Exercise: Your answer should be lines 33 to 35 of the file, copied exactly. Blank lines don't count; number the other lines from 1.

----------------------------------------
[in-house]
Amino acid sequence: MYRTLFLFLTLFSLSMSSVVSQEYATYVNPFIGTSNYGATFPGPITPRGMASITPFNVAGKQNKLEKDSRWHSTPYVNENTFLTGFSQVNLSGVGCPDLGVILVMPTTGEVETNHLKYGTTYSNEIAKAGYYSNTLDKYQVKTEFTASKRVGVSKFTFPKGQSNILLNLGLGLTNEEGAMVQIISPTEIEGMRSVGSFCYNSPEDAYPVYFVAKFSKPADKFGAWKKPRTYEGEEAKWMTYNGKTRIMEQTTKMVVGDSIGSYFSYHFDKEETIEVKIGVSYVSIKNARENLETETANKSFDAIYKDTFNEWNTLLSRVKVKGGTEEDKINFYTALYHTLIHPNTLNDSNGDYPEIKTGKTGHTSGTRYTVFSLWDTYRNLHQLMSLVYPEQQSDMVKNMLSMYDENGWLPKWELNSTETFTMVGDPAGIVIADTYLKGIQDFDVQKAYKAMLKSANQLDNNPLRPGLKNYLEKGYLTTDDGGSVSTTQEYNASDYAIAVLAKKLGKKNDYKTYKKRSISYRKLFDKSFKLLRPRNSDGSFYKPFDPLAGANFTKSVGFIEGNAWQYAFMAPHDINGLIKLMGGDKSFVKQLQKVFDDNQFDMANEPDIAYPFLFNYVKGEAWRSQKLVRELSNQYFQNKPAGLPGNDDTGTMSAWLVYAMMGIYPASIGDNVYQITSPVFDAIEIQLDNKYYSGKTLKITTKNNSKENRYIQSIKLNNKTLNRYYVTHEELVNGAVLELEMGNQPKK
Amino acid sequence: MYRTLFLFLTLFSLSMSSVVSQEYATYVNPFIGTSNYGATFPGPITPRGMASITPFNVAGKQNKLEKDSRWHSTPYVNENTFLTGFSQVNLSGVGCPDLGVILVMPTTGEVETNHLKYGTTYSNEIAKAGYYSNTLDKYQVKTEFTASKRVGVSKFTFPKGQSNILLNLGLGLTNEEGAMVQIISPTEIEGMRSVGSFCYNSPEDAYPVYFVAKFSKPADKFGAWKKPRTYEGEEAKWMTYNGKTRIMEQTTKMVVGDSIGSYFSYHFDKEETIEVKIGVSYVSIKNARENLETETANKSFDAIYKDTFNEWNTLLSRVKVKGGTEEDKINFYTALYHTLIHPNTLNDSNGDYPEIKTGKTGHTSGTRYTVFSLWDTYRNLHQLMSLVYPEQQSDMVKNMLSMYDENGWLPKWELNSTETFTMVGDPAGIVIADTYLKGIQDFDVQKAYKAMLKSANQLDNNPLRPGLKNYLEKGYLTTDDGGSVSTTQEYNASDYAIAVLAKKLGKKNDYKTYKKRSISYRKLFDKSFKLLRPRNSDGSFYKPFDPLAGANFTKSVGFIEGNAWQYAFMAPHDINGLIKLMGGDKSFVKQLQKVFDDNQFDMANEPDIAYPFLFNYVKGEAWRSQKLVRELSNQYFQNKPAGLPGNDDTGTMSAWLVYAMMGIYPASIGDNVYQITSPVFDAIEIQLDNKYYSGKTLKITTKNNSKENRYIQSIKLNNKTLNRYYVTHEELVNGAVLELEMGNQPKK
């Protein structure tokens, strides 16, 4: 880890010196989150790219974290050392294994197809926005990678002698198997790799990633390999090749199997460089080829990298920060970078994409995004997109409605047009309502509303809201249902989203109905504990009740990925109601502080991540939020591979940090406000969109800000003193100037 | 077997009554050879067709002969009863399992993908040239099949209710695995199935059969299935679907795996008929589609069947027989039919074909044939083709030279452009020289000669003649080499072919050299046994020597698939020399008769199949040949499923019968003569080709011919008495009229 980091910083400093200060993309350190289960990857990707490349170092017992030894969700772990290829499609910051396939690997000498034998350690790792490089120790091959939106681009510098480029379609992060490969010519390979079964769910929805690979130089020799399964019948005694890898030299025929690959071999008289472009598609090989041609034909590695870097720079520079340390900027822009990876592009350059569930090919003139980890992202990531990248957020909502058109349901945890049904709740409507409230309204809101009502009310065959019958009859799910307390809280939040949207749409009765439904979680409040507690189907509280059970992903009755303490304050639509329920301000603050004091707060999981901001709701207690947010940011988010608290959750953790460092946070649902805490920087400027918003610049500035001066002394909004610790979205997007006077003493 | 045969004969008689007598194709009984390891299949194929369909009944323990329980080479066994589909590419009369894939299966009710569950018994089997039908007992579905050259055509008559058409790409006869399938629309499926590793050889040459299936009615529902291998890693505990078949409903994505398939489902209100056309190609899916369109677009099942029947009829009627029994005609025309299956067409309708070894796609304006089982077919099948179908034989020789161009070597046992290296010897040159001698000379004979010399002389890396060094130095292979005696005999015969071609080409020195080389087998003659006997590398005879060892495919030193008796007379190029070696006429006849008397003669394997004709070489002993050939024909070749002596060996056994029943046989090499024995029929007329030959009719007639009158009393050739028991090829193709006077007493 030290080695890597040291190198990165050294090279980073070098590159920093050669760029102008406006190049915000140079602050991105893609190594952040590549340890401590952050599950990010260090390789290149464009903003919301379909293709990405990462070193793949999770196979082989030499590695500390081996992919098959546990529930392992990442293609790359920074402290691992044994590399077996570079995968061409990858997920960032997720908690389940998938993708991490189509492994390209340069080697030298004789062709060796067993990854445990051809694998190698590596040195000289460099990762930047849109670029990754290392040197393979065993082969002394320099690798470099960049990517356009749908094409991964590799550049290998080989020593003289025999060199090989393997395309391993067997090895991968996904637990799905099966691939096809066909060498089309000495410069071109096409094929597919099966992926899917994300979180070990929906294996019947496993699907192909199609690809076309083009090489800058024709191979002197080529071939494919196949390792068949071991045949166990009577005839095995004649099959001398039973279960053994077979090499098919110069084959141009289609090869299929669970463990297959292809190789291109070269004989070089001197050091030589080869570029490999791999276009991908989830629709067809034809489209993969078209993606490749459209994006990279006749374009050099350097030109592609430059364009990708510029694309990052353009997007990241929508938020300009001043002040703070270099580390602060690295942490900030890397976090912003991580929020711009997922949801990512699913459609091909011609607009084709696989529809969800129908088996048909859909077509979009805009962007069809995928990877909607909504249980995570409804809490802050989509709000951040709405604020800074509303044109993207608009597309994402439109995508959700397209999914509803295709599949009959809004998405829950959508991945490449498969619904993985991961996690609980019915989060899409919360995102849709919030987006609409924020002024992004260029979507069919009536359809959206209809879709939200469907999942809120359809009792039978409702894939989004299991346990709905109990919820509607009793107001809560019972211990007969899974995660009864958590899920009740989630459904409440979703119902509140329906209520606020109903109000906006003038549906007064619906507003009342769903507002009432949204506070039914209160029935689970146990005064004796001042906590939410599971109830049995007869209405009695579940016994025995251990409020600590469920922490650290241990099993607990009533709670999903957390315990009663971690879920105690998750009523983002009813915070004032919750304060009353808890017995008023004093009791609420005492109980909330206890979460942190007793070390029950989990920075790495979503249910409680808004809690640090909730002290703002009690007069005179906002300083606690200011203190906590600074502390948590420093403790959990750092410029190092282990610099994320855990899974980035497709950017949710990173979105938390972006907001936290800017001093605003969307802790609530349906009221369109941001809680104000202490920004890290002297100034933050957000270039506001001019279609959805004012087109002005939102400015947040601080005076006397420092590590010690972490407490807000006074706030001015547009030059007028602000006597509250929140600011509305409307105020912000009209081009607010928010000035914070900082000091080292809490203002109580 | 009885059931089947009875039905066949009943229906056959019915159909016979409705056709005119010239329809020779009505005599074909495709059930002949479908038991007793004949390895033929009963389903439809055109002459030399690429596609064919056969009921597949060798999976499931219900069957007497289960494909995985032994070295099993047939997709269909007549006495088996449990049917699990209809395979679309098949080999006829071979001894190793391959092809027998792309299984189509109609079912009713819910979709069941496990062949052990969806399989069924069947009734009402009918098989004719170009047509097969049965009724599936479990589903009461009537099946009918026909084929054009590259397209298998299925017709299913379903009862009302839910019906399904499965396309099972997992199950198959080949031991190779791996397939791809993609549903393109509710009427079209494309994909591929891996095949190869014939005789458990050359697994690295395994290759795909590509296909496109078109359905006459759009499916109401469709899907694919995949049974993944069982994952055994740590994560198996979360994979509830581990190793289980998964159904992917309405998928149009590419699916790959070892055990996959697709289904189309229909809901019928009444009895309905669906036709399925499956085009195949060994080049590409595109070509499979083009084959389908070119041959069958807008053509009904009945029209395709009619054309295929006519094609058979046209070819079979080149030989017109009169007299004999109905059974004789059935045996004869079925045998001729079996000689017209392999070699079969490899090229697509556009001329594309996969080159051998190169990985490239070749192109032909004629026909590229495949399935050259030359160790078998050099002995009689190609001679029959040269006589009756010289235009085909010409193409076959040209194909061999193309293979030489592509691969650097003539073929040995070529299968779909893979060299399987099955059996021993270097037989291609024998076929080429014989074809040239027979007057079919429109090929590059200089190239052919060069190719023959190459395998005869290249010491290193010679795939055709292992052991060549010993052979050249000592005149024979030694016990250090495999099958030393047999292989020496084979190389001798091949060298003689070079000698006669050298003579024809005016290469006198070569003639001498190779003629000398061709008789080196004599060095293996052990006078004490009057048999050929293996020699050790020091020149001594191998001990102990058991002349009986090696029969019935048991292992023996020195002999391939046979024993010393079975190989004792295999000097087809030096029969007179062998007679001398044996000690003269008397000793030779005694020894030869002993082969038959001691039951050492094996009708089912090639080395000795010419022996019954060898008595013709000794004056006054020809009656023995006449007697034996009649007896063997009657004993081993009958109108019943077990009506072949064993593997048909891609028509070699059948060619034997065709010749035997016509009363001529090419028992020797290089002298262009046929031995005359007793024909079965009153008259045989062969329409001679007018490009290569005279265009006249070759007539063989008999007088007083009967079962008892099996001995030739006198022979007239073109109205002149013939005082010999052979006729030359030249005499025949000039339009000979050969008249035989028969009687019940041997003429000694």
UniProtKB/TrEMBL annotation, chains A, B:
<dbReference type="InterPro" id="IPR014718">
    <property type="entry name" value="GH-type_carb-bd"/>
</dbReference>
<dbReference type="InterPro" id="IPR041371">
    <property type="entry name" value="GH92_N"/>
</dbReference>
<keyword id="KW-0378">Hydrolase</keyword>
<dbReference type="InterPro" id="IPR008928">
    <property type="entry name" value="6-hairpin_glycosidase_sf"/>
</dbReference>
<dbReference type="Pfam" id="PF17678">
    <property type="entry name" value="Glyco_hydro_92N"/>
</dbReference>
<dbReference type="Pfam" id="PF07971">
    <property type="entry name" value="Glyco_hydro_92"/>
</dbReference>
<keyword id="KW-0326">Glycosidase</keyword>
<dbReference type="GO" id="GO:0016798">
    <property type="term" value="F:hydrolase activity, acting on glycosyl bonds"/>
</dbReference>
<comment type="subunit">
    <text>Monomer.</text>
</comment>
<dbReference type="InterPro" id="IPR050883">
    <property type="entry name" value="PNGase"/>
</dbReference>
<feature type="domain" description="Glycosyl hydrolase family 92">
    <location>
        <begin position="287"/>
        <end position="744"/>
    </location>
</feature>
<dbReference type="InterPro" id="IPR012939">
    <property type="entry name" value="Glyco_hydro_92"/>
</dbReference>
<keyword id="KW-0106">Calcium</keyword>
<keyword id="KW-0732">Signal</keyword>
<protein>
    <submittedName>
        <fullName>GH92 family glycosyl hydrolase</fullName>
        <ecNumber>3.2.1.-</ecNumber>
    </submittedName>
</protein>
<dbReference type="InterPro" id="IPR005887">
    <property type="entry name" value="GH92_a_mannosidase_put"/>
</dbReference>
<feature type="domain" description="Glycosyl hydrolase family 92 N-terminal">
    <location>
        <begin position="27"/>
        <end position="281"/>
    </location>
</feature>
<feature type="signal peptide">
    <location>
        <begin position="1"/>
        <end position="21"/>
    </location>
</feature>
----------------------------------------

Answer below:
    <location>
        <begin position="287"/>
        <end position="744"/>